On April 12, questions from readers about how educators are dealing with the constant influx of new technologies, such as iPods, were fielded by La Donna Conner, an instructional-technology specialist for Texas’ Carrollton-Farmers Branch public schools near Dallas, and Alan Warhaftig, an English teacher at the Fairfax Magnet Center for Visual Arts, in Los Angeles, and a technology columnist for Teacher Magazine. Below are excerpts from the discussion.
Question: How can I get the school community to embrace technology without having people feel as if it is being forced on them? Can I use technology to establish a culture of trust in the school?
Conner: One way to establish a climate of trust is communication. Using today’s technologies can begin to open those lines of communication. For instance, Principal Tim Tyson of Mabry Middle School, in Marietta, Ga., podcasts what is happening on his campus, and his teachers podcast what is happening in their classrooms (http://mabryonline.org). My district, Carrollton-Farmers Branch in Texas, podcasts what is happening at the district level (www.cfbisd.edu).
Question: Is the banning of various forms of hand-held technology a recommended practice, and, if so, why?
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Conner: As a former classroom teacher, I understand the need for a policy addressing the use of certain technologies. However, sometimes those policies need to be revisited with changing technology. My district does have a policy prohibiting the use of cellphones, iPods, and so forth during the school day. When we were given permission to start our iPod pilot program, this was an issue we addressed with administrators. They saw the potential that the iPods offered and were willing to allow them to be used during the school day, so long as this use was in a classroom participating in the pilot. In my opinion, it would be a shame if, because of a district policy, students did not have access to a tool that might help them be successful in school.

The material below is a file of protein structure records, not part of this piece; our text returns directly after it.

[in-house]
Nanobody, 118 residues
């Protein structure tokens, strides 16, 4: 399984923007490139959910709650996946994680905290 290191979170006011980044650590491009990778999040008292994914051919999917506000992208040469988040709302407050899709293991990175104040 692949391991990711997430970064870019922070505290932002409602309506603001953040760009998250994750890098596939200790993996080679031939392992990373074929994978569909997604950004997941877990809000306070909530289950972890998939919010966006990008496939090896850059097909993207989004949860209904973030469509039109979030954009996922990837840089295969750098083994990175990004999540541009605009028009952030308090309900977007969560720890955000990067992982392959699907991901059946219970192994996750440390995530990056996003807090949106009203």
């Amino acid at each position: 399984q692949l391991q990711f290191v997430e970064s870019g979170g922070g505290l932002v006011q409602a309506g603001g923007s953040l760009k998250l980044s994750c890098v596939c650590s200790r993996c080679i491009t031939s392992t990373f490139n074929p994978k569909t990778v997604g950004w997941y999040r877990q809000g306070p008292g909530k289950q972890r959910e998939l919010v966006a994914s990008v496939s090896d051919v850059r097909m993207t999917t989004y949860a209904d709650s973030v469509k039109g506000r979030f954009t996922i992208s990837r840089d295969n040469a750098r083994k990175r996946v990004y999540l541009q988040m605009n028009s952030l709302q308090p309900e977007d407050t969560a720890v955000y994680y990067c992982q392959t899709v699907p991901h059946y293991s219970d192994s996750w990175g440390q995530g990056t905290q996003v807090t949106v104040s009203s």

Question: Are there any efforts being made to train teachers to be innovative enough with technology to cause learning to take place through the use of some of the popular gizmos students bring to school?
Warhaftig: Before teachers can be trained, appropriate uses need to be defined. And from what I can see, this has not gotten very far. Billions of education technology dollars have been spent on hardware, networking, software, and technical support, and almost no money has been spent on planning curricular integration or teacher professional development. There are certainly teachers who have found clever, educationally valuable ways to integrate technology in their classrooms, but they are exceptions rather than the rule. As for the “gizmos” our students bring to class, I will regard them as distractions until their educational value is demonstrated.
Question: Are there resources, funds, or programs available to educate technology-phobic teachers on the proper integration of education technology into the classroom setting?
Conner: To me, the most important route to getting technology-phobic teachers to embrace technology in their teaching begins at the top—with the expectation of school administrators. I am fortunate enough to work in a district where the expectation—from the school board, to the superintendent, to the building principal—is that all teachers will incorporate technology into their curriculum. Did this happen overnight? Absolutely not, but as the technology-phobic teachers in the district saw what was happening in other classrooms, were provided with opportunities to attend technology-integration training, and then were given instructional support, the curricular integration of technology by teachers districtwide began to happen.
Question: We see a gap, between 6th grade and college, in students’ engagement in learning at school. How can these types of personal technologies be used to engage teenagers more?
Conner: Devices such as iPods, PDAs, and cellphones are being used by students every day in their personal lives. They are becoming commonplace tools. If students are able to view a video on an iPod before class, there is more time for discussion. Podcasting class lectures allows students to listen anytime, any place. If we can employ the technologies students already are using in their day-to-day lives as a vehicle for learning, we need to do just that.